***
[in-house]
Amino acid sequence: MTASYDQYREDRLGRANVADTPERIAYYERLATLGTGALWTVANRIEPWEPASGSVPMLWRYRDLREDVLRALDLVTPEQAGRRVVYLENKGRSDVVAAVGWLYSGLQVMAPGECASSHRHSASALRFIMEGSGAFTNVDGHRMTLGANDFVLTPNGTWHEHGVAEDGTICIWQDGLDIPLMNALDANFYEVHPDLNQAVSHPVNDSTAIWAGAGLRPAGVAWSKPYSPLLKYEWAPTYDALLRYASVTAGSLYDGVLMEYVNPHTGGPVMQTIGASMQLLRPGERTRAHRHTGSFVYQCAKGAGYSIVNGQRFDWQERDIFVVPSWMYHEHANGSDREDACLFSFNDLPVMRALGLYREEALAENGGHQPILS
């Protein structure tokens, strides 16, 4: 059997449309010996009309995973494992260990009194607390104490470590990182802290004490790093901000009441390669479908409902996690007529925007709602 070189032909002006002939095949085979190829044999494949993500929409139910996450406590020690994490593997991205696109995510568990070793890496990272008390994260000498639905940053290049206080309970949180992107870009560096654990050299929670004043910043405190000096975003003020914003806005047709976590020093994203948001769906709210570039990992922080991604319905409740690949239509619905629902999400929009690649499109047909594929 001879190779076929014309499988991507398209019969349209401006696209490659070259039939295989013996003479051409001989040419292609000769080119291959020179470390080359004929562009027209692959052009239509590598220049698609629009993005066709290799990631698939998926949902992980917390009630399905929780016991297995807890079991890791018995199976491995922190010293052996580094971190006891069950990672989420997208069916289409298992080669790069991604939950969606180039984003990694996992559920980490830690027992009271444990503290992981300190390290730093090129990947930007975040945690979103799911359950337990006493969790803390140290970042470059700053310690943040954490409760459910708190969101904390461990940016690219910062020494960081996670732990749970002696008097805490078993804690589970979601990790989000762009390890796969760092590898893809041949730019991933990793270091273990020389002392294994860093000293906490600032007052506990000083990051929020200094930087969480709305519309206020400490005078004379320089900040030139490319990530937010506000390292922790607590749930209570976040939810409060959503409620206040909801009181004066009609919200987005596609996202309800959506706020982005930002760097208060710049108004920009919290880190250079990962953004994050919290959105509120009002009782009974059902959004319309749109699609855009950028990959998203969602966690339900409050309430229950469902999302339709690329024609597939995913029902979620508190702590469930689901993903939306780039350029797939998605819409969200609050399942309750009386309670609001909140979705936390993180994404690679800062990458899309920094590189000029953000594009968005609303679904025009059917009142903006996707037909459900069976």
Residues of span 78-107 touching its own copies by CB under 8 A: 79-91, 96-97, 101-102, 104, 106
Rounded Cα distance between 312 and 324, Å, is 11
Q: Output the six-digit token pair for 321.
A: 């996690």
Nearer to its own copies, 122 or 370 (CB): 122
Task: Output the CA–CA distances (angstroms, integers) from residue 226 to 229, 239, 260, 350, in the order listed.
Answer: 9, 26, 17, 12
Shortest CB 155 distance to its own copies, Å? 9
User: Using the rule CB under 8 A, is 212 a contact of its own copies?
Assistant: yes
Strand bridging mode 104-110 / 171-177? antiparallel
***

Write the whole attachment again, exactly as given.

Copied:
[in-house]
Amino acid sequence: MTASYDQYREDRLGRANVADTPERIAYYERLATLGTGALWTVANRIEPWEPASGSVPMLWRYRDLREDVLRALDLVTPEQAGRRVVYLENKGRSDVVAAVGWLYSGLQVMAPGECASSHRHSASALRFIMEGSGAFTNVDGHRMTLGANDFVLTPNGTWHEHGVAEDGTICIWQDGLDIPLMNALDANFYEVHPDLNQAVSHPVNDSTAIWAGAGLRPAGVAWSKPYSPLLKYEWAPTYDALLRYASVTAGSLYDGVLMEYVNPHTGGPVMQTIGASMQLLRPGERTRAHRHTGSFVYQCAKGAGYSIVNGQRFDWQERDIFVVPSWMYHEHANGSDREDACLFSFNDLPVMRALGLYREEALAENGGHQPILS
């Protein structure tokens, strides 16, 4: 059997449309010996009309995973494992260990009194607390104490470590990182802290004490790093901000009441390669479908409902996690007529925007709602 070189032909002006002939095949085979190829044999494949993500929409139910996450406590020690994490593997991205696109995510568990070793890496990272008390994260000498639905940053290049206080309970949180992107870009560096654990050299929670004043910043405190000096975003003020914003806005047709976590020093994203948001769906709210570039990992922080991604319905409740690949239509619905629902999400929009690649499109047909594929 001879190779076929014309499988991507398209019969349209401006696209490659070259039939295989013996003479051409001989040419292609000769080119291959020179470390080359004929562009027209692959052009239509590598220049698609629009993005066709290799990631698939998926949902992980917390009630399905929780016991297995807890079991890791018995199976491995922190010293052996580094971190006891069950990672989420997208069916289409298992080669790069991604939950969606180039984003990694996992559920980490830690027992009271444990503290992981300190390290730093090129990947930007975040945690979103799911359950337990006493969790803390140290970042470059700053310690943040954490409760459910708190969101904390461990940016690219910062020494960081996670732990749970002696008097805490078993804690589970979601990790989000762009390890796969760092590898893809041949730019991933990793270091273990020389002392294994860093000293906490600032007052506990000083990051929020200094930087969480709305519309206020400490005078004379320089900040030139490319990530937010506000390292922790607590749930209570976040939810409060959503409620206040909801009181004066009609919200987005596609996202309800959506706020982005930002760097208060710049108004920009919290880190250079990962953004994050919290959105509120009002009782009974059902959004319309749109699609855009950028990959998203969602966690339900409050309430229950469902999302339709690329024609597939995913029902979620508190702590469930689901993903939306780039350029797939998605819409969200609050399942309750009386309670609001909140979705936390993180994404690679800062990458899309920094590189000029953000594009968005609303679904025009059917009142903006996707037909459900069976």
Residues of span 78-107 touching its own copies by CB under 8 A: 79-91, 96-97, 101-102, 104, 106
Rounded Cα distance between 312 and 324, Å, is 11
Q: Output the six-digit token pair for 321.
A: 């996690």
Nearer to its own copies, 122 or 370 (CB): 122
Task: Output the CA–CA distances (angstroms, integers) from residue 226 to 229, 239, 260, 350, in the order listed.
Answer: 9, 26, 17, 12
Shortest CB 155 distance to its own copies, Å? 9
User: Using the rule CB under 8 A, is 212 a contact of its own copies?
Assistant: yes
Strand bridging mode 104-110 / 171-177? antiparallel